Its fans seemingly waited forever until the release of "Duke Nukem Forever" but more than a few reviewers said the wait wasn't worth it. But that's when the stuff hit the wall: The action game's publicist let loose with a volley putting any would-be critics on notice about expressing their opinions: "Too many went too far with their reviews...we are reviewing who gets games next time and who doesn't based on today's venom."
No surprise what happened next. It took about two nanoseconds before this blew up into a PR disaster with the game's publisher, 2K Games, getting pilloried online in frank terms that the Duke himself would appreciate. The PR meister in question, Jim Radner, subsequently apologized for what he later described as a "juvenile act on my part." He was also fired.
Credit: Gearbox Software
In October 1994, Intel proved that even one of the most successful tech firms in history, can suffer from a tin ear. Not long after introducing the Pentium, Intel was confronted by a claim from one Professor Thomas Nicely, then at Lynchburg College, who uncovered a flaw in the chip's floating point processor.
Intel at first treated the news lightly, contending - accurately - that the problem was likely only going to affect an infinitesimally small number of applications having to do with high-end computing transactions.
But that wasn't the point. By the mid-1990s, the personal computer had moved into the mainstream and a geekish answer wasn't going to cut it for the tens of millions of people who used Intel-based PCs. After several weeks hunkering down in a foxhole of its own making, Intel's management put an end to the crisis when it announced the company would replace the defective chips of anyone who asked. The dollars and cents cost to Intel amounted to a pre-tax charge of $475 million. The charge in public ill will: priceless.
Most tech execs are bashful when it comes to expressing their opinions in public. Not so Microsoft's Steve Ballmer, who blew up at then U.S. Attorney General Janet Reno in 1998 after hearing that the U.S. Justice Department had filed an antitrust case against Microsoft in 1998.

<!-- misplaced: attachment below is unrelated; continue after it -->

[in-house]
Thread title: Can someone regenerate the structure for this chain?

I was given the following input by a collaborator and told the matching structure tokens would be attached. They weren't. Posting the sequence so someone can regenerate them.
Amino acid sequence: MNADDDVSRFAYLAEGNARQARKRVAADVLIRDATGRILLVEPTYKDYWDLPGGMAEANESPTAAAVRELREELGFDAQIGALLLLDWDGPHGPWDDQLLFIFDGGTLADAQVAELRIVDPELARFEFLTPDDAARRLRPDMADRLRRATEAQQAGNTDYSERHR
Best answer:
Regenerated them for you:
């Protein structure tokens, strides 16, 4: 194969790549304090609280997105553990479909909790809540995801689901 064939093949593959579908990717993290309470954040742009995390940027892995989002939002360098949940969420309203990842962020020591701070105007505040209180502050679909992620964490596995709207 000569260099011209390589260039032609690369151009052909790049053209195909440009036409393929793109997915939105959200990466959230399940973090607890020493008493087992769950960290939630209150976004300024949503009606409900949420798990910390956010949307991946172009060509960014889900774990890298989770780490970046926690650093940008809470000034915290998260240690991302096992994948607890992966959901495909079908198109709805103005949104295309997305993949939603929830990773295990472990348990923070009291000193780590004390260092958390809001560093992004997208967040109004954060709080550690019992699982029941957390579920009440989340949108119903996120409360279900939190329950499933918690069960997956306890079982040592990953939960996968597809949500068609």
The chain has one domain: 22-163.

"How many of you think ... the kind of integration in this product actually will be a good thing for you and for your customers?" Ballmer said at a conference, waiting for the cheers to die down. "Then I say the heck with Janet Reno on this point."
In a calmer moment, the big lug would go on to say that he meant no disrespect and that he regretted "the utterance."
In 2010, Facebook CEO Mark Zuckerberg found himself on the receiving end of no small amount of criticism for saying that the world was becoming less private (which is probably a fair description.) Fairly or not, his comments that Facebook was only reflecting the changes taking place in society left the impression that Zuckerberg didn't really care about users' privacy concerns. He subsequently backed away from that position, promising that Facebook "will keep listening" to its users.
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Yahoo shot itself in the foot - and kept shooting - after the company's studied indifference over the jailing of a Chinese journalist was authorities tracked down using using an IP address supplied by Yahoo's Chinese subsidiary. Co-founder Jerry Yang would go on to say he "felt horrible" about the jailing of Shi Tao but maintained it still was "more important for us to participate, not only for economic reasons, but to be able" to help shape where the Internet industry is going in China. "You have to balance the risk of not participating. And people don't realize that being in the market every day there, and being on the ground, we are seeing changes, on the whole, for the positive."